The NTSC specification describes the analog television system for most of the Americas (and certain other countries - see map). Although not used for modern digital television, it influences still-current standards such DVD. Its two most important characteristics (for our purposes) were its frame rate and color format.
- NTSC-type video consists of approximately 29.97 (30000/1001 to be exact) interlaced frames of video per second. See the Wikipedia link below for the historical reasons for this seemingly-odd frame rate. In the original analog standard, each frame consisted of 525 scan lines, 483 of which were visible. The remainder was used for vertical synchronization and other purposes. Each frame was composed of two fields; each field therefore consisted of 262.5 scan lines. See interlaced fieldbased for more about interlaced video.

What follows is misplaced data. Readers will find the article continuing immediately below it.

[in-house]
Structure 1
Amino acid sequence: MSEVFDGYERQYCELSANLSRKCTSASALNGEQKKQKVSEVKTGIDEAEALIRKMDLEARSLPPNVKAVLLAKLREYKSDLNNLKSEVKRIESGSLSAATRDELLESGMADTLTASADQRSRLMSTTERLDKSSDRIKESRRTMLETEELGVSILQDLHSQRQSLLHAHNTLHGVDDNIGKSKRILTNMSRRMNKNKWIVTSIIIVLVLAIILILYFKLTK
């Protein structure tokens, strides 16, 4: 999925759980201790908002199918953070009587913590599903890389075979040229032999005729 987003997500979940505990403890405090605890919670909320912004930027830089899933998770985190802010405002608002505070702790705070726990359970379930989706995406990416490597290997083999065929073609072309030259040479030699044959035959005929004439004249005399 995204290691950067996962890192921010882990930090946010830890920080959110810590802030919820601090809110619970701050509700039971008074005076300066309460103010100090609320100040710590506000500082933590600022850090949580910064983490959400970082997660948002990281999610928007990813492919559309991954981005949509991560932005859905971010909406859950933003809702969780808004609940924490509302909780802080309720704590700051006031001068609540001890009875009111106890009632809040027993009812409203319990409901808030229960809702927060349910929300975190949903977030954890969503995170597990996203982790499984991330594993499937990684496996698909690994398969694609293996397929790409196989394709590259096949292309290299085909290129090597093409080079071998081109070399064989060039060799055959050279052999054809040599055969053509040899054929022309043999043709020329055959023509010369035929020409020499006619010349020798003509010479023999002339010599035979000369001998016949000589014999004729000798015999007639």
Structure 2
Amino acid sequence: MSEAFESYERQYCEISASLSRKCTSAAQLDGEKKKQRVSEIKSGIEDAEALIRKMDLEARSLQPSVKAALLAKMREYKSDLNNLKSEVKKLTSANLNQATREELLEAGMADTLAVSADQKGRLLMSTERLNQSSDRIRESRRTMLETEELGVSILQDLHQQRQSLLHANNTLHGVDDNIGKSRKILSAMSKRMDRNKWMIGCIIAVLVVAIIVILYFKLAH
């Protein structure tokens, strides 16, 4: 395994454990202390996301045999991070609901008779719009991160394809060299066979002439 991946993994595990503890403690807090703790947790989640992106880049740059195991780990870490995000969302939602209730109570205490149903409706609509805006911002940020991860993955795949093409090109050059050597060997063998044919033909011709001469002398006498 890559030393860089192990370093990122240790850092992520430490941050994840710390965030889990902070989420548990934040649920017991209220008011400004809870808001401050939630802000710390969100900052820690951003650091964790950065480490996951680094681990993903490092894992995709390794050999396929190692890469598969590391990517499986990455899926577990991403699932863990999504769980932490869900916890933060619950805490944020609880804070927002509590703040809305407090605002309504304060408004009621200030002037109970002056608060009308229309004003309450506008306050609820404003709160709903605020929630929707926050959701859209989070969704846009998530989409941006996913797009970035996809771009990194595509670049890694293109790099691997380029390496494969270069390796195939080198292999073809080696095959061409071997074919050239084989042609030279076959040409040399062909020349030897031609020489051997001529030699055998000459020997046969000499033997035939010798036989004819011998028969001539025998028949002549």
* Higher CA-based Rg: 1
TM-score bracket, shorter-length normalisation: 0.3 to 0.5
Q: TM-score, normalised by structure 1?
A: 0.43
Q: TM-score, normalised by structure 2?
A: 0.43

- NTSC's color is governed by Rec601 (also known as 'Rec.601,' 'BT.601' and 'SMPTE 170M'), which is an international standard that describes color conversion between the RGB color format (as it is taken at the camera and displayed on the screen) and a particular YUV format, which carries the internal signal. See Colorimetry for more on this and related standards.